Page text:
About Georgia Envirothon
The Georgia Envirothon, offered in cooperation with the National Conservation Foundation (NCF) Envirothon, is a 501(c)3 non-profit organization established in 1995 to provide hands-on, science-based training in natural resources and ecology to high school students in a challenging, fun, and competitive outdoor experience.
It creates a completely unique educational opportunity for high school students that presents an environmental curriculum with a major emphasis on connecting students/teachers with natural resource professionals. The competition is centered on ecosystem planning and management in four universal testing categories (soils/land use, aquatic ecology, forestry, and wildlife) and a current environmental issue.
The Envirothon program is an effective educational tool, capable of supplementing environmental education both inside and outside the classroom. Led by a volunteer advisor, teams usually meet from late autumn until spring. Teams work collaboratively to develop their knowledge of ecology and natural resource management and to practice their environmental problem-solving skills in preparation for Envirothon competitions. To learn more about the competition, visit the Competition section of this website.
The mission of the NCF and Georgia Envirothon is to develop knowledgeable skilled and dedicated citizens who have an understanding of natural resources and are willing and prepared to work towards achieving and maintaining a balance between the quality of life and the quality of the environment.
The Envirothon mission is accomplished by developing in young people an understanding of the principles and practices of natural resource management and ecology and through practice dealing with complex resource management decisions. The following goals and objectives should be used as a guide to develop effective curricula, educational resources, and testing scenarios.
A. Students should be able to demonstrate a basic knowledge of concepts in natural resource management and ecology, especially in the areas of soils/land use, aquatic ecology, forestry, wildlife, and current environmental issues.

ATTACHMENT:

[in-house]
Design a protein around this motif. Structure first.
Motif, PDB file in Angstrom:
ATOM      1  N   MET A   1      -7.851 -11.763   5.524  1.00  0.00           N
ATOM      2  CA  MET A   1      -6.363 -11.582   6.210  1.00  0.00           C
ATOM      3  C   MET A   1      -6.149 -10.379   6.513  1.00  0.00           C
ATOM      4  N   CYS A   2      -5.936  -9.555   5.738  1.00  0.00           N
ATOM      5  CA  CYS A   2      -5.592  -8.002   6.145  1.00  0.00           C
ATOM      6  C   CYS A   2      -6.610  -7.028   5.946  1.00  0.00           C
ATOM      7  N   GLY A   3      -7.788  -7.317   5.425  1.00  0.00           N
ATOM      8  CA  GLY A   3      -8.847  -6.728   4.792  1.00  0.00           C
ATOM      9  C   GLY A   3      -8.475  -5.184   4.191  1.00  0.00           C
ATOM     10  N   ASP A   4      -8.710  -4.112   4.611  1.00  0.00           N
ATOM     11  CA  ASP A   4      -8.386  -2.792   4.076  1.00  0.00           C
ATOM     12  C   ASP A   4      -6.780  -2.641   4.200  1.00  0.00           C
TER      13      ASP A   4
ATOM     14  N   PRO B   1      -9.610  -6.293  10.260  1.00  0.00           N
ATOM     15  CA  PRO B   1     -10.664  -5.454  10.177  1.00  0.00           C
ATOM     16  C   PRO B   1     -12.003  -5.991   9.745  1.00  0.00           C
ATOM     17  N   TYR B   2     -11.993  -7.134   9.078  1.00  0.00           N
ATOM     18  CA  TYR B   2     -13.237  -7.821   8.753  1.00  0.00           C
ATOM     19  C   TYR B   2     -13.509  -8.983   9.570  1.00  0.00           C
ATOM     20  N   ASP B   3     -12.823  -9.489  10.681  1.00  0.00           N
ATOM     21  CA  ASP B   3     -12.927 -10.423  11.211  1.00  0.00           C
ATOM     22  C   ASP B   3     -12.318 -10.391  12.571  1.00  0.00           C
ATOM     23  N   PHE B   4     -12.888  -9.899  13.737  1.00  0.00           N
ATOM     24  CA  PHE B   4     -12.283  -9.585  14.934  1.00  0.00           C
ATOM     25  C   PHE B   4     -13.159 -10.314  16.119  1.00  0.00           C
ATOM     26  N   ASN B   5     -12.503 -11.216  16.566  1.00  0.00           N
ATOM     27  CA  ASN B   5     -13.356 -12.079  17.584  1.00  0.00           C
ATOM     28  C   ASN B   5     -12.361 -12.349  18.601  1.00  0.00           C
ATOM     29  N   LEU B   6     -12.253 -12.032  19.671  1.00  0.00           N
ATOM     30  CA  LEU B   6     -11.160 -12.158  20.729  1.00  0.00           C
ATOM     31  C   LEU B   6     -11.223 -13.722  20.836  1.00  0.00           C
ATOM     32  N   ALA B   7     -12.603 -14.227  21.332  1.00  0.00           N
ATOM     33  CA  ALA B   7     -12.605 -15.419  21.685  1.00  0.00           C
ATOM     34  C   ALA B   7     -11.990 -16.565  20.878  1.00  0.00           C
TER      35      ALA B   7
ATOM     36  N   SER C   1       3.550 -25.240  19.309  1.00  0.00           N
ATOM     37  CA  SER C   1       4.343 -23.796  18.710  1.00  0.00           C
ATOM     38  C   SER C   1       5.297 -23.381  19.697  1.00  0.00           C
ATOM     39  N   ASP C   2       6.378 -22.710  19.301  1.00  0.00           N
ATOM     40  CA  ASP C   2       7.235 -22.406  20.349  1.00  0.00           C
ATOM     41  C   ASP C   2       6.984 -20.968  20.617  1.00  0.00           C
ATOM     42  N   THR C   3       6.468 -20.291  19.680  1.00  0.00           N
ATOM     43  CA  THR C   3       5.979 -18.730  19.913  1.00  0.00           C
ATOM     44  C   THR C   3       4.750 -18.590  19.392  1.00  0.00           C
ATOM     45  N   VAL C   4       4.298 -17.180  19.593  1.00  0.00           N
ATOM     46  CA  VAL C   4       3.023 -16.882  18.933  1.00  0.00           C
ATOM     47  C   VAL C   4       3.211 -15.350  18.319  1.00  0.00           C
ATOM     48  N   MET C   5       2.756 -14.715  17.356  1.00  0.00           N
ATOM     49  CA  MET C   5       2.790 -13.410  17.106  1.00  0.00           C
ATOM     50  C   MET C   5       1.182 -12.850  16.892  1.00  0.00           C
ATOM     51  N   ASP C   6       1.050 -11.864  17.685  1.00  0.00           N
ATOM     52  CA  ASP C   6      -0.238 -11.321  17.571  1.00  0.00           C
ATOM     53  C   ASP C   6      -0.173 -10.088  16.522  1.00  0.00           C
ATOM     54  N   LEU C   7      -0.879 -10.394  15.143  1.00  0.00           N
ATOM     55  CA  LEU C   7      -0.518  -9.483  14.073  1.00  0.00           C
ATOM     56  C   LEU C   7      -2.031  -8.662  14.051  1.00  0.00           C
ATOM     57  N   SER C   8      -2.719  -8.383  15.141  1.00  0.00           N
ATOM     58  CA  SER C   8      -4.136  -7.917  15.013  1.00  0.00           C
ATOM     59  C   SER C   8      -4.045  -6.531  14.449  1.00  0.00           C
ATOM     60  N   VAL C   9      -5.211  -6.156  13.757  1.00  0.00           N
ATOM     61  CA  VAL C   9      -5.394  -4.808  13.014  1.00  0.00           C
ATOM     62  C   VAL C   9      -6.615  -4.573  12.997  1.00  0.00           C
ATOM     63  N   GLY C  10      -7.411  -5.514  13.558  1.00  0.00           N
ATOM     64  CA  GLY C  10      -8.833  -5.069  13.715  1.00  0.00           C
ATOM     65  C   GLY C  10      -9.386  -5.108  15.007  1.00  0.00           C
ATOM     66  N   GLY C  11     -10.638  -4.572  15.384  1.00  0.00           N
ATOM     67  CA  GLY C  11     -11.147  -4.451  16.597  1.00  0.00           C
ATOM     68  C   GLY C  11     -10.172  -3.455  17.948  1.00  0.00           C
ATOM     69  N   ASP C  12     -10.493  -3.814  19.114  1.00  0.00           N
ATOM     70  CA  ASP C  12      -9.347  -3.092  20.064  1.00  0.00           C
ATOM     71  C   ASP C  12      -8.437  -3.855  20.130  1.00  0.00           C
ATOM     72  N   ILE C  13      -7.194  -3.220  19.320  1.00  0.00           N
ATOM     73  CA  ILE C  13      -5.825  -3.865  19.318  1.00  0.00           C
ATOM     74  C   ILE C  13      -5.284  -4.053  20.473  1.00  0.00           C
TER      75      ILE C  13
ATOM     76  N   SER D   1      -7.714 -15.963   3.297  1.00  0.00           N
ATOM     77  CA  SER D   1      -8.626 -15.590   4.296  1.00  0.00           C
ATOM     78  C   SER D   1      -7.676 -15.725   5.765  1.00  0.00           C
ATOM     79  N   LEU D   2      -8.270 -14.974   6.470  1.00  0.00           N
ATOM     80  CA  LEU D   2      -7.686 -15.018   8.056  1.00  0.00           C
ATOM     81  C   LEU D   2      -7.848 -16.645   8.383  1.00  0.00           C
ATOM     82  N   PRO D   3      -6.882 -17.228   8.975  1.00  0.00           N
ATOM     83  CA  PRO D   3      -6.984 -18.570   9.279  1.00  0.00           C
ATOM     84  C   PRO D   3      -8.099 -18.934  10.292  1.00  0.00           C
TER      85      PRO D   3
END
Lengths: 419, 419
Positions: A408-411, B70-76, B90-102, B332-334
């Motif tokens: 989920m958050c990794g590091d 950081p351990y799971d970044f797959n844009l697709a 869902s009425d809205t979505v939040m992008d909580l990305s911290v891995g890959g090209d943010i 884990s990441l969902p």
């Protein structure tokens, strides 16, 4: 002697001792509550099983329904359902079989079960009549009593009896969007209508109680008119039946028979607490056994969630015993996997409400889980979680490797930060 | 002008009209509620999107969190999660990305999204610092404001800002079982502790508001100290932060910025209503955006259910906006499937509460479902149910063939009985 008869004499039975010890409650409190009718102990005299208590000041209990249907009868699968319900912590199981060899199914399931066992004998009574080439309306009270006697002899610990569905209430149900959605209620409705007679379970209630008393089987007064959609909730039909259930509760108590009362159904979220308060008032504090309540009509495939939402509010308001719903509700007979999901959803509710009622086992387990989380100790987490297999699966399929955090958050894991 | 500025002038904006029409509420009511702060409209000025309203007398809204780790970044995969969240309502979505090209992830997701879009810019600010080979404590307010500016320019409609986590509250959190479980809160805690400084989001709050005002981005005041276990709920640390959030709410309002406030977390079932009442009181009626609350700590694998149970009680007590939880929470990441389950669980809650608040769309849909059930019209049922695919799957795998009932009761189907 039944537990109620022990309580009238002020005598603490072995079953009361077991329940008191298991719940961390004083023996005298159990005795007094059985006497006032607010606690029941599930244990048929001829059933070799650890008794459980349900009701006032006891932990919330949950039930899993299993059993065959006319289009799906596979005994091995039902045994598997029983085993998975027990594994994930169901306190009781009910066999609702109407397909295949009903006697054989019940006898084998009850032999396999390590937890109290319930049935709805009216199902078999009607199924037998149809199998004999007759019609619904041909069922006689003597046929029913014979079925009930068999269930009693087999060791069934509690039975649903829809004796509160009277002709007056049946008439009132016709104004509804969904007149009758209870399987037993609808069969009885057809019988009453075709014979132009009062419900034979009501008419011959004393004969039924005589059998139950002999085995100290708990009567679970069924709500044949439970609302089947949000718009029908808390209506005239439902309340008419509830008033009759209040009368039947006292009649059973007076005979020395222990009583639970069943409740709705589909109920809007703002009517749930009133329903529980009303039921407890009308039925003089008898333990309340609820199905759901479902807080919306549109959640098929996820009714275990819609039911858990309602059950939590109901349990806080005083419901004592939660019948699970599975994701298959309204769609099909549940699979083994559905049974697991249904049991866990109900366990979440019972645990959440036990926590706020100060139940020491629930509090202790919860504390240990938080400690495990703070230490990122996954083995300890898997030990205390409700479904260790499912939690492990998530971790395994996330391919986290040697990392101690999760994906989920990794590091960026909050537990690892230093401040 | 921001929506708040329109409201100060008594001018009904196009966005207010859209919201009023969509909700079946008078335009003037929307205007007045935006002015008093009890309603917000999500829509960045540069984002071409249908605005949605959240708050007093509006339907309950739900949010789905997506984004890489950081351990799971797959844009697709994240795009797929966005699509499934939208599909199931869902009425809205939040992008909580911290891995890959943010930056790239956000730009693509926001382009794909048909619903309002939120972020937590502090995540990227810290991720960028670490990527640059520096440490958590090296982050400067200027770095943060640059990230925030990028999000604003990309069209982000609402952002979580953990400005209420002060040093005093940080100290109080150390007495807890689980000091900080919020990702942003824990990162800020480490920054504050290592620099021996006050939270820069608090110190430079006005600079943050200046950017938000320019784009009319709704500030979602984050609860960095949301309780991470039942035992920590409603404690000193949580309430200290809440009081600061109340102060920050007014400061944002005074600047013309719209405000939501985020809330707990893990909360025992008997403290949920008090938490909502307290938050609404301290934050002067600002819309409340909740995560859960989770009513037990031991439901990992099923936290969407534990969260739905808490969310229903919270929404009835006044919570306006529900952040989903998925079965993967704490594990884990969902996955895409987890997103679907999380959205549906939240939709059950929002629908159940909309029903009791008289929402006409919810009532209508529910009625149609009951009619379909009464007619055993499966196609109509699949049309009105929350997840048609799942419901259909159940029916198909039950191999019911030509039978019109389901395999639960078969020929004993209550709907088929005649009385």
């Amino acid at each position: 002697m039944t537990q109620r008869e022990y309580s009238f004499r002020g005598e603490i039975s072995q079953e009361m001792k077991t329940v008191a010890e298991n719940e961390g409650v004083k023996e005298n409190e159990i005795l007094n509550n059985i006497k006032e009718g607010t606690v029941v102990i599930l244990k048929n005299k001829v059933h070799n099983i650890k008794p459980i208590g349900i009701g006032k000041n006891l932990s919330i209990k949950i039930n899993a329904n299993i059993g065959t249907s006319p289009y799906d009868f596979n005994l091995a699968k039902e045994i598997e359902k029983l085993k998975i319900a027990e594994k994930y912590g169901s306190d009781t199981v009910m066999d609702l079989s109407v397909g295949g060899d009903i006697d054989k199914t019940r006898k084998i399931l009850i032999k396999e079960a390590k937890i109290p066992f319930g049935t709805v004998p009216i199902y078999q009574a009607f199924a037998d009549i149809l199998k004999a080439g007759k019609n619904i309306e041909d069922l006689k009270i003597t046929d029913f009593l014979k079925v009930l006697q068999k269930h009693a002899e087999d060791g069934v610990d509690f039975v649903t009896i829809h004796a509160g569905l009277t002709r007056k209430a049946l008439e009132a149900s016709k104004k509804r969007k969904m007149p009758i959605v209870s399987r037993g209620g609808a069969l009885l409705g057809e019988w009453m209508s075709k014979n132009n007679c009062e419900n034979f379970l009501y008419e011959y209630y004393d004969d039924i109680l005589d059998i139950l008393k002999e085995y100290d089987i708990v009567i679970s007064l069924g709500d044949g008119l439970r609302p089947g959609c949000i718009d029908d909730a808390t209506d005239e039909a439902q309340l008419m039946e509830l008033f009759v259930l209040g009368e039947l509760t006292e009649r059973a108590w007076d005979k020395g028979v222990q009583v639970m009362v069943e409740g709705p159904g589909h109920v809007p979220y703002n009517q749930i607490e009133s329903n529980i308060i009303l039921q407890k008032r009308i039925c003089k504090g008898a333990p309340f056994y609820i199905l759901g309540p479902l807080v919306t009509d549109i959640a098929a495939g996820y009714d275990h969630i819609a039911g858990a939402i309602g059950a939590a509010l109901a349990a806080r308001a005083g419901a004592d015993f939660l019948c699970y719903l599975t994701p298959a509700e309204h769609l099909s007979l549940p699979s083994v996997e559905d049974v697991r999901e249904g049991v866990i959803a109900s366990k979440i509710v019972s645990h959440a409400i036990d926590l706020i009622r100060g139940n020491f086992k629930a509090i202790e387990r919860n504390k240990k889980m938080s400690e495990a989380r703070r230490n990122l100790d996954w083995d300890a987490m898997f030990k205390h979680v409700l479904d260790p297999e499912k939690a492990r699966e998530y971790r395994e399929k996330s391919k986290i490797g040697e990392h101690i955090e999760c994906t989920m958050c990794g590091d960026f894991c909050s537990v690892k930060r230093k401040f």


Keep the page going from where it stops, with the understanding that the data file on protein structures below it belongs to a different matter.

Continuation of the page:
2. To promote stewardship of natural resources and to encourage the development of the critical thinking, cooperative problem-solving, and decision-making skills required to achieve and maintain a natural balance between the quality of life and the quality of the environment.*
B. Students should be able to analyze soil, aquatic, forestry, wildlife, and current environmental issues in problem-solving activities involving resource issues.
A. Students should be able to identify environmental issues in a given situation and the various interests involved, while taking into consideration ecological, social, and economic factors.
B. Students should be able to investigate issues using both primary and secondary sources of information and synthesize the data gathered. Additionally, students should demonstrate the ability to: Listen with comprehension; Collect, organize, and analyze information; Frame appropriate questions to guide their investigation; Use a range of resources and technologies in addressing questions; and, Critically examine information from a variety of sources.
C. Students should be able to assess the nature of information and materials from a variety of different viewpoints and evaluate their implications.
D. Students should be able to identify alternative solutions for various issues and their associated value perspectives. They should be able evaluate alternative solutions with respect to their ecological and cultural implications. Additionally, the alternative solutions generated should attempt to take into consideration the variety of interests involved, while maintaining a healthy environment.
E. Students should be able to identify and evaluate their own position on environmental issues and their associated solutions. These positions should be based on balanced information, critical analysis, and careful synthesis. Moreover, students should be able to test their position against new information, personal experiences and beliefs.
F. Students should be able to evaluate the interaction of the proposed solution with other ecological and social factors and anticipate having to plan ahead when evaluating the long and short-term implications of possible solutions to environmental problems.3. To provide students with experience in environmentally-oriented activities, enabling them to become environmentally-aware, action-oriented citizens.*
A. Students should have knowledge of a wide range of action strategies involved in seeking solutions to environmental problems.
B. Students should have a knowledge of agencies and organizations that can be used as resources to seek solutions to environmental problems.
C. Students should be able to evaluate the impact of their own actions affecting a particular environmental problem and devise alternative actions to work towards improving environmental conditions.
D. Students should be able to work independently and/or collaboratively to solve environmental problems.